Bollards would put a halt on pavement parkers

Photo by George Reynolds to illustrate feature on problems of illegal parking by delivery drivers in Clitheroe

Photo by George Reynolds to illustrate feature on problems of illegal parking by delivery drivers in Clitheroe

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Have your say

Well, even though I don’t have to, I will respond to Mr X’s email paper stating I need to “get a life”. I’m pleased to inform you I’m not vindictive to you, only to the fact you seem to condone on-pavement parking around town. In case you don’t possess a dictionary, according to the Collins English Dictionary, pavement means “a paved path for pedestrians” – no mention of cars or vans here.

So, Mr or Mrs X, if you would like to come and have a cup of tea and a chat at my Bonnygrass home, I’ll let you come and play my acoustic and electric guitars and if you can be bothered to come around, I’ll show you some of my paintings, many of which obtain finance for many charities. Or perhaps if you go into Brass’s newsagents for a newspaper, you’ll notice my artwork being sold in aid of building or re-building railway stations at Daisyfield, Billington, Henthorn, Chatburn and Gisburn.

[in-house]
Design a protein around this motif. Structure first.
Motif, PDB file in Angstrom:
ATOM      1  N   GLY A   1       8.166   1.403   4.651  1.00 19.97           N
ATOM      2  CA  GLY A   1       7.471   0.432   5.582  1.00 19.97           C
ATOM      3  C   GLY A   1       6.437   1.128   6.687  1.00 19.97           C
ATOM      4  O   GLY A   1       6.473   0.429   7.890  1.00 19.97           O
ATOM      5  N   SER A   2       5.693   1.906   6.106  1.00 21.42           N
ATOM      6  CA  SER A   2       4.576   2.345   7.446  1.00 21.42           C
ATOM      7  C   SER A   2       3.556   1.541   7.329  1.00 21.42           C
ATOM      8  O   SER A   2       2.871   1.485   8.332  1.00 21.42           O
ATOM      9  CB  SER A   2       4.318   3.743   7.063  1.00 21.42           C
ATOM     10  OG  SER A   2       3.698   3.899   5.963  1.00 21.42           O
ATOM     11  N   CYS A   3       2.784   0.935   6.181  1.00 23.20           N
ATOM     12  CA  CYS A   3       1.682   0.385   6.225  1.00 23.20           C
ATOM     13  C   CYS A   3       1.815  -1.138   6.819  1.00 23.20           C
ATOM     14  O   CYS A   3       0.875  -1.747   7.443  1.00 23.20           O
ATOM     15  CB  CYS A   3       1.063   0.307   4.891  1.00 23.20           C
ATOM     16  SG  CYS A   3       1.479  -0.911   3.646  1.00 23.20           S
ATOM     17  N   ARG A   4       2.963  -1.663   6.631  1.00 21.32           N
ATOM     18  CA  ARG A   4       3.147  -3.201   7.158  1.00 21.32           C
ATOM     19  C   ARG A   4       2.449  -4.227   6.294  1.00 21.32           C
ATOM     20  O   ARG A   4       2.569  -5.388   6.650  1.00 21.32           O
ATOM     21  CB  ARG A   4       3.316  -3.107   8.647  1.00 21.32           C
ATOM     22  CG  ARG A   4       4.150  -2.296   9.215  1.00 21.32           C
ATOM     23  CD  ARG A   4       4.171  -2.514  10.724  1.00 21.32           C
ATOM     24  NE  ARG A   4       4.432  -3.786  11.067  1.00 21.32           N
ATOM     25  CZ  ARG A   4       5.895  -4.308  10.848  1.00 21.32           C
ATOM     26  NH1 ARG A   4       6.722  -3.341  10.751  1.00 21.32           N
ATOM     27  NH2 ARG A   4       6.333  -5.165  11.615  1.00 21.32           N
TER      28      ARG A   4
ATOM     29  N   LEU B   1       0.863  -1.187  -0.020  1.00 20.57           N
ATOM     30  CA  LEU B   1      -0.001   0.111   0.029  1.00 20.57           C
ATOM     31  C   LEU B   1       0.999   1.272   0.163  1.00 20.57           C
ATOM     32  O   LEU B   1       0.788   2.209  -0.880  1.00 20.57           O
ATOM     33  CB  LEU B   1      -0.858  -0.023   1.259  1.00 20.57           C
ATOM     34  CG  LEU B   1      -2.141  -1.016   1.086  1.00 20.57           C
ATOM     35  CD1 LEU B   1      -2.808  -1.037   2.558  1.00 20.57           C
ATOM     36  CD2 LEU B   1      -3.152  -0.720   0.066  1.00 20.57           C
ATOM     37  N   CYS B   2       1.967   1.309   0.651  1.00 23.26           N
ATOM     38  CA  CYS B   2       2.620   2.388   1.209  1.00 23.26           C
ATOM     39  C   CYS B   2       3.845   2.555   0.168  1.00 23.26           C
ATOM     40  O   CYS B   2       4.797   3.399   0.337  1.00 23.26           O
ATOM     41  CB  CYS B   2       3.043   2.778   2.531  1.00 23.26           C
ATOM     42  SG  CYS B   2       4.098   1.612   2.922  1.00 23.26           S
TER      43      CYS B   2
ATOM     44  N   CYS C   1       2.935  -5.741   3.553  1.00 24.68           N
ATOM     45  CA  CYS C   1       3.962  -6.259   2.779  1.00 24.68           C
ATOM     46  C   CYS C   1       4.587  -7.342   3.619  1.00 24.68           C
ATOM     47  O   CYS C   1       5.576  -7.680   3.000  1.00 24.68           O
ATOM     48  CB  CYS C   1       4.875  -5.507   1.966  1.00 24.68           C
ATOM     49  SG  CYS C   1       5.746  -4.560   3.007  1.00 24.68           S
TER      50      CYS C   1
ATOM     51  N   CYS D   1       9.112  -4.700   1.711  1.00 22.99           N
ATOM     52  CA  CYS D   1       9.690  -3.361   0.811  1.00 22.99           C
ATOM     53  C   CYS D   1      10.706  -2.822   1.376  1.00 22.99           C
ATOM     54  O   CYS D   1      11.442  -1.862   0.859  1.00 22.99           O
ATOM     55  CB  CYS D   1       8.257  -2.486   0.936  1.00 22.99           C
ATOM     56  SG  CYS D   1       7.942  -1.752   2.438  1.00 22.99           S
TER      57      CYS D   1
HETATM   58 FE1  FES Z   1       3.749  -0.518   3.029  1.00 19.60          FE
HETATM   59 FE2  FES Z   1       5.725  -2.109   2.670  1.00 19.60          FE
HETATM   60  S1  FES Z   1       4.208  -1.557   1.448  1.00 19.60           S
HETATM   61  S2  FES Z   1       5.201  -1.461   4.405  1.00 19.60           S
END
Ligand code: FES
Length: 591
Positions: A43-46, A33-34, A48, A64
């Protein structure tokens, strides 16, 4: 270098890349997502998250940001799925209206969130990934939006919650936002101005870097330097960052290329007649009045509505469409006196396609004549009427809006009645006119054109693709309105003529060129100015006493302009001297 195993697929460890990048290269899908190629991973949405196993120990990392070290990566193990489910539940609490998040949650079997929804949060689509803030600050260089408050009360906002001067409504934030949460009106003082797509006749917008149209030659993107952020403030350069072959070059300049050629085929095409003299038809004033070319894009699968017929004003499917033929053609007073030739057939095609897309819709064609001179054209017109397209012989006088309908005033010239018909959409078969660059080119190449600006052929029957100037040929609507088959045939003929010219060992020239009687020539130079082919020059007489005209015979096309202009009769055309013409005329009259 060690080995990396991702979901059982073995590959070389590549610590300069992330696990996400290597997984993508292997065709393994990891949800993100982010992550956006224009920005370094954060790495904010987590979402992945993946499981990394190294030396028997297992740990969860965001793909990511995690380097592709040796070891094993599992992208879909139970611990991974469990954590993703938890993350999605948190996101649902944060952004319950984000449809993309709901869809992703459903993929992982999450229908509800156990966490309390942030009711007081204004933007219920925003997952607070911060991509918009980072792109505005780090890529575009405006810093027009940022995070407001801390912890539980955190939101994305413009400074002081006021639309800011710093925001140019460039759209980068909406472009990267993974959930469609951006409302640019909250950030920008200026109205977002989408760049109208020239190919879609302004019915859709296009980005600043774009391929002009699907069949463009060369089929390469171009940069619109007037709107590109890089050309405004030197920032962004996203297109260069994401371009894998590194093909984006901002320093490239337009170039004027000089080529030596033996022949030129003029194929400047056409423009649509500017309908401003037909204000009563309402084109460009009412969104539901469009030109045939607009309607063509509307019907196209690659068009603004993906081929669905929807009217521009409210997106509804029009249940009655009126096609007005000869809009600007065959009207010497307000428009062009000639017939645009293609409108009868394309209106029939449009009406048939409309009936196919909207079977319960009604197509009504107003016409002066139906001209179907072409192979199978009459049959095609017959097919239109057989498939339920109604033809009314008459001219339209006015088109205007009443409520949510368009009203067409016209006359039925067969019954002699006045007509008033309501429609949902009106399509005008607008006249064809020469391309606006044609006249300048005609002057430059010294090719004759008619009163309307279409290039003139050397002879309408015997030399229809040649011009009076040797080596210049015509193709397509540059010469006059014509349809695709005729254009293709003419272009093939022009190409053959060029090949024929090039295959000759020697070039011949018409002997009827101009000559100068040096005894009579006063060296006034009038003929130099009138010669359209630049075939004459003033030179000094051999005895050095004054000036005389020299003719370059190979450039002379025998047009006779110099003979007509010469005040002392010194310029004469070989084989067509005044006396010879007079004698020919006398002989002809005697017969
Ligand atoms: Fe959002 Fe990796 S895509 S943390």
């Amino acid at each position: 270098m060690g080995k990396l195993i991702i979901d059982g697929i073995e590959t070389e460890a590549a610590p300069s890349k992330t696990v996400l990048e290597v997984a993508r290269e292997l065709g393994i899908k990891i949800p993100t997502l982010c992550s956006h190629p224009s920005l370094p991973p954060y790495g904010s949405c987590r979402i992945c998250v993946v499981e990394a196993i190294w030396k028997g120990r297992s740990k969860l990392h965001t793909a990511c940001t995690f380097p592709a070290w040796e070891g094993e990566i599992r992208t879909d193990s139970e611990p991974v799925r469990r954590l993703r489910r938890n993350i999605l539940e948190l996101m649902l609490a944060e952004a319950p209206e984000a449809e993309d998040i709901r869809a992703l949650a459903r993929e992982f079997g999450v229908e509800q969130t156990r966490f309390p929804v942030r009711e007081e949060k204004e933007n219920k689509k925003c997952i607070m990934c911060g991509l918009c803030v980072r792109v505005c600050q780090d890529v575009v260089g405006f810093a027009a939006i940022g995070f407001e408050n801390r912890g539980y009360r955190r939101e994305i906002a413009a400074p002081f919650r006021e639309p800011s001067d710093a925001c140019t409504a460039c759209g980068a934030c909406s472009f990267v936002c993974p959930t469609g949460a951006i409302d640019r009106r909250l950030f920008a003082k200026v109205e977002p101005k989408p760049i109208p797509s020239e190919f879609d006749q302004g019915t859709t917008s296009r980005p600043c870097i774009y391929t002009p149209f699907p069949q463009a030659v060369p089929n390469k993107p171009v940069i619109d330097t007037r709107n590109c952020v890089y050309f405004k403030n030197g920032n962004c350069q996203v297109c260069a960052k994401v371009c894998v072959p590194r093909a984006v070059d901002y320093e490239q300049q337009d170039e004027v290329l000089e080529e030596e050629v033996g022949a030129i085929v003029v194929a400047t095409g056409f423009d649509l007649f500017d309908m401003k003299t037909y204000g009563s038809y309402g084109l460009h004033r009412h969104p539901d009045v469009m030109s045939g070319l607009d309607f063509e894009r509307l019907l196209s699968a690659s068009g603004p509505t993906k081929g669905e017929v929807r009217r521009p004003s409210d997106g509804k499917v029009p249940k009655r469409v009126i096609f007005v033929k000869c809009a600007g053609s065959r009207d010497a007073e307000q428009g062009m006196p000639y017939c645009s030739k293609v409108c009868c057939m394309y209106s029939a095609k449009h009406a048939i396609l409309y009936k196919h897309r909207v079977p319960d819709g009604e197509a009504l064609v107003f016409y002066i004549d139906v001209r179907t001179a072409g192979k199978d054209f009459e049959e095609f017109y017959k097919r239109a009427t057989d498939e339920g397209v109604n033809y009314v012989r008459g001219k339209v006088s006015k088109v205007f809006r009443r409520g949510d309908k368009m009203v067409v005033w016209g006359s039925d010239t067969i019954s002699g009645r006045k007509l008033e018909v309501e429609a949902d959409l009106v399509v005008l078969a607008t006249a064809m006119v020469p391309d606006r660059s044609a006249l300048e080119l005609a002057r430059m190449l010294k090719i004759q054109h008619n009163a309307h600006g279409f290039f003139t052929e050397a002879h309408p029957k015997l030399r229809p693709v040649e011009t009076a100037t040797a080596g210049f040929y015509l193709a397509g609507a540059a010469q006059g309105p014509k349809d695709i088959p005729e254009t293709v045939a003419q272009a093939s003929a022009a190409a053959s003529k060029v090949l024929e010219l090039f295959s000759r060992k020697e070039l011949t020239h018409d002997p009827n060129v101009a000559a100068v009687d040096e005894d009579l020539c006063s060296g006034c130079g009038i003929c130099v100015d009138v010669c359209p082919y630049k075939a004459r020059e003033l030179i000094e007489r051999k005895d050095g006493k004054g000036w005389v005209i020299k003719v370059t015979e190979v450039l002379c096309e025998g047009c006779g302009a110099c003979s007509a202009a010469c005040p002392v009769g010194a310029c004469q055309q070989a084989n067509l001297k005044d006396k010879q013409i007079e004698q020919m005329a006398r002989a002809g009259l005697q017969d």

If Mr or Mrs X haven’t had the pleasure of coming out of Boots to be met by a wagon backing on to the shop frontage, or maybe struggled past the A-boards and parked dray lorry in front of the Rose and Crown, have they tried using a mobility scooter? Or pushed a pram whilst a van takes up the pavement in front of the Spice Lounge? I bet they haven’t. Bollards, yes, bollards and plenty of them, astutely placed in front of Boots, the Rose and Crown, NatWest bank, Buckley’s chemist, Timpsons and the White Lion etc, would immediately protect pedestrians. I also suggest bollards should be erected at the side of any lowered pavement in town.

As I finish my handwritten letter, I must inform you page 8 of the Clitheroe Advertiser (April 9th) is now at County Hall, Preston, along with my suggestions to improve traffic flow throughout the town, bad parking areas, areas to develop for deliveries (if drivers can be bothered to use them). So I’ve done my bit for society. Have you?

George Reynolds,

Woone Lane, Clitheroe